CONGO Comments on Cardoso-Panel (July 2004)

NGOs and Civil Society

See> for full letter, sz

Our principal concern relates to the manner in which the Report's proposals assimilate fundamentally different groups. Indeed, the difficulty flows from the terms of reference themselves, which call for proposals "for enhancing interaction between the Organization and civil society, including parliamentarians and the private sector" (emphasis added). Though the term 'civil society' is notoriously vague, we would argue that it does not cover parliamentarians or members of local authorities in view of their direct participation in the structures of government. The issue of whether that description also covers business entities is also highly contested, not least because of their frequent lack of accountability to society at large.

Though the term "non-governmental organization" is not itself defined in the Charter, successive resolutions of the Economic and Social Council and longstanding practice have recognized certain fundamental characteristics of this type of entity. ...This implies that much greater vigilance should be shown, as the Report itself suggests, over the accreditation of “Government-Organized Non-Governmental Organizations” (“GONGOs”), particularly where independence may have been sacrificed to political support or financial opportunism. [...]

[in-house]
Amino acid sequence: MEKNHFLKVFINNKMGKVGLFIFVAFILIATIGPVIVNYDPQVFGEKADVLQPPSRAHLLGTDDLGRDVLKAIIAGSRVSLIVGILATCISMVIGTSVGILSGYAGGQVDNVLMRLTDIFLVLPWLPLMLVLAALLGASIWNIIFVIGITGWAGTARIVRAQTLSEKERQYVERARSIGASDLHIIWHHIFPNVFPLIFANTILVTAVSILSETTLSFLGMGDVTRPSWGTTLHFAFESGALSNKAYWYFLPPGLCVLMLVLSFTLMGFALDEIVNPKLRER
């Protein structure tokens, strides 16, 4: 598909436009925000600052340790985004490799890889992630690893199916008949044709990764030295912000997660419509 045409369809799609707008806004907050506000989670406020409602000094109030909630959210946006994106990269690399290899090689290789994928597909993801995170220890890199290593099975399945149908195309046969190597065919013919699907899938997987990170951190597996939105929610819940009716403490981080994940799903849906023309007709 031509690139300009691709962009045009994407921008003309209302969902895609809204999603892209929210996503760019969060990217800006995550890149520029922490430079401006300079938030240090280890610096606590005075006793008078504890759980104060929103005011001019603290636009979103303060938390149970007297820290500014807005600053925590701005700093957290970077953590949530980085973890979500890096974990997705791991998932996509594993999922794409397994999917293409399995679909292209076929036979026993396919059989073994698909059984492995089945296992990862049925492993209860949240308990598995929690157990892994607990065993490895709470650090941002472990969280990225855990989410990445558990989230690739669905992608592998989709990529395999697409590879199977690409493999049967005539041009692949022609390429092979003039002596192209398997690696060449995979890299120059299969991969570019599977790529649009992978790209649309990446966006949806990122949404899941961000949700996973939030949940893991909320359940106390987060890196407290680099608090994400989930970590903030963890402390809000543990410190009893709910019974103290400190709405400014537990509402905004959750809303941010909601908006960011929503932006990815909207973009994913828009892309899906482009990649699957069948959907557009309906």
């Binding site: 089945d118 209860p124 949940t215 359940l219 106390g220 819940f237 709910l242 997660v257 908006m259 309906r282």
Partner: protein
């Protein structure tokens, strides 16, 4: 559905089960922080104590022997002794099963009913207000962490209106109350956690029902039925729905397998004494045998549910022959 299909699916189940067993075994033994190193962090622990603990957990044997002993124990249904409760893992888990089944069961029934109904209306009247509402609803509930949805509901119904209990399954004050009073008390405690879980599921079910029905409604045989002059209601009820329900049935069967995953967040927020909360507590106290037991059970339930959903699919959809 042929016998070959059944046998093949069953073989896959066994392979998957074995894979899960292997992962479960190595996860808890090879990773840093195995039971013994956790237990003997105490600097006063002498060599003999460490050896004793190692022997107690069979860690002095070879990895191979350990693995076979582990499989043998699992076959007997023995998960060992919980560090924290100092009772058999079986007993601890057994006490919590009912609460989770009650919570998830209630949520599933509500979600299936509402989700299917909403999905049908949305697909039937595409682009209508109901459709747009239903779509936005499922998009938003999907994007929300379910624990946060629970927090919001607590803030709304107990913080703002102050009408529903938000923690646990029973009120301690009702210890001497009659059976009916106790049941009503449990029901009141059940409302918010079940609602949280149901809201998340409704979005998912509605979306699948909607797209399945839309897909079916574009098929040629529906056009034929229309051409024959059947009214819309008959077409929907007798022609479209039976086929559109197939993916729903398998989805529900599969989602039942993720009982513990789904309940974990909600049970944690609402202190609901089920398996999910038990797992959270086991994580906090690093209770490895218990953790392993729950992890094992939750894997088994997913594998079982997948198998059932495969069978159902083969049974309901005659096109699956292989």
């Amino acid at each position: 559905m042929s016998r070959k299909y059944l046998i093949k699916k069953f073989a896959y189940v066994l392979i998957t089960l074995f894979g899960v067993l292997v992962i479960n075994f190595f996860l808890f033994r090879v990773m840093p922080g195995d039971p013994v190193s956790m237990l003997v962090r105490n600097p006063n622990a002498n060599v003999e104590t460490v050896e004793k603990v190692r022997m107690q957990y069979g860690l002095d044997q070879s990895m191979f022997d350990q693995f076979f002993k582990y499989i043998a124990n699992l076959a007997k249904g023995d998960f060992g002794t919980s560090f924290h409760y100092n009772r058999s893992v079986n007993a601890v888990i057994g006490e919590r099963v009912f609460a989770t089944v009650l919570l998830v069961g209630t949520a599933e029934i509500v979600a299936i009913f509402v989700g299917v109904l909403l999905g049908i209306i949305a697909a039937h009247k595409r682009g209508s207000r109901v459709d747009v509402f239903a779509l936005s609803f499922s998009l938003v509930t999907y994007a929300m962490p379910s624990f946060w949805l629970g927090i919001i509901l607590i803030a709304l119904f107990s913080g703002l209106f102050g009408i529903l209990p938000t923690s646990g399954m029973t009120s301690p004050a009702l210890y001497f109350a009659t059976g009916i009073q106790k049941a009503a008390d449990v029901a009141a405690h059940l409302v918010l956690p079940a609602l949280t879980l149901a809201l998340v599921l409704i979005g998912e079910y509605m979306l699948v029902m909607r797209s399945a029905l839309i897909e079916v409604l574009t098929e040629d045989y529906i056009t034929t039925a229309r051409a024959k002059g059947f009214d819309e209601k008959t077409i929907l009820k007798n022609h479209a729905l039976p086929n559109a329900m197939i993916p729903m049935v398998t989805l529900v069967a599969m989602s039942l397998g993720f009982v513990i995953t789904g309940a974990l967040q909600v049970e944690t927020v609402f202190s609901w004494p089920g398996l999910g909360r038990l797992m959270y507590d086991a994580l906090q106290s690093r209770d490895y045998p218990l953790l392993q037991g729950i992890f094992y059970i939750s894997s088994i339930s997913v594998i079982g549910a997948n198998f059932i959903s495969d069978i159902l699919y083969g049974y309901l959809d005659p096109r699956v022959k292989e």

None of this is to say that the United Nations should be precluded from engaging, where appropriate, with a wide range of “non-governmental” constituencies, including parliamentarians and business entities. However, the relationship between the United Nations and NGOs has a special character, based on its foundation in the Charter. Accordingly, any proposal for a uniform accreditation procedure (such as that contained in Proposal 19 of the Report) that extends to constituencies beyond those properly described as 'non-governmental organizations' risks moving outside of the existing Charter framework. The proposal (Proposal 24) to combine them all under an Office of Constituency Engagement and Partnerships could, in practice, lead to increased confusion about NGOs and their Charter relationship to the United Nations. [...]

The report gives no attention to the increasingly vexed issue of 'disciplinary' action concerning NGOs alleged to have breached the terms of the consultative relationship, and the application of the sanctions of suspension or withdrawal of status. Recent events in the Committee on NGOs and ECOSOC have underlined the importance of addressing this issue. It is regrettable that the opportunity was not taken in the Panel's Report. Furthermore, the Report does not speak about efforts by some governments, in North and South, to weaken, subordinate and control NGOs. Nor does the Report address the increasingly restrictive security environment that NGOs face at the United Nations.“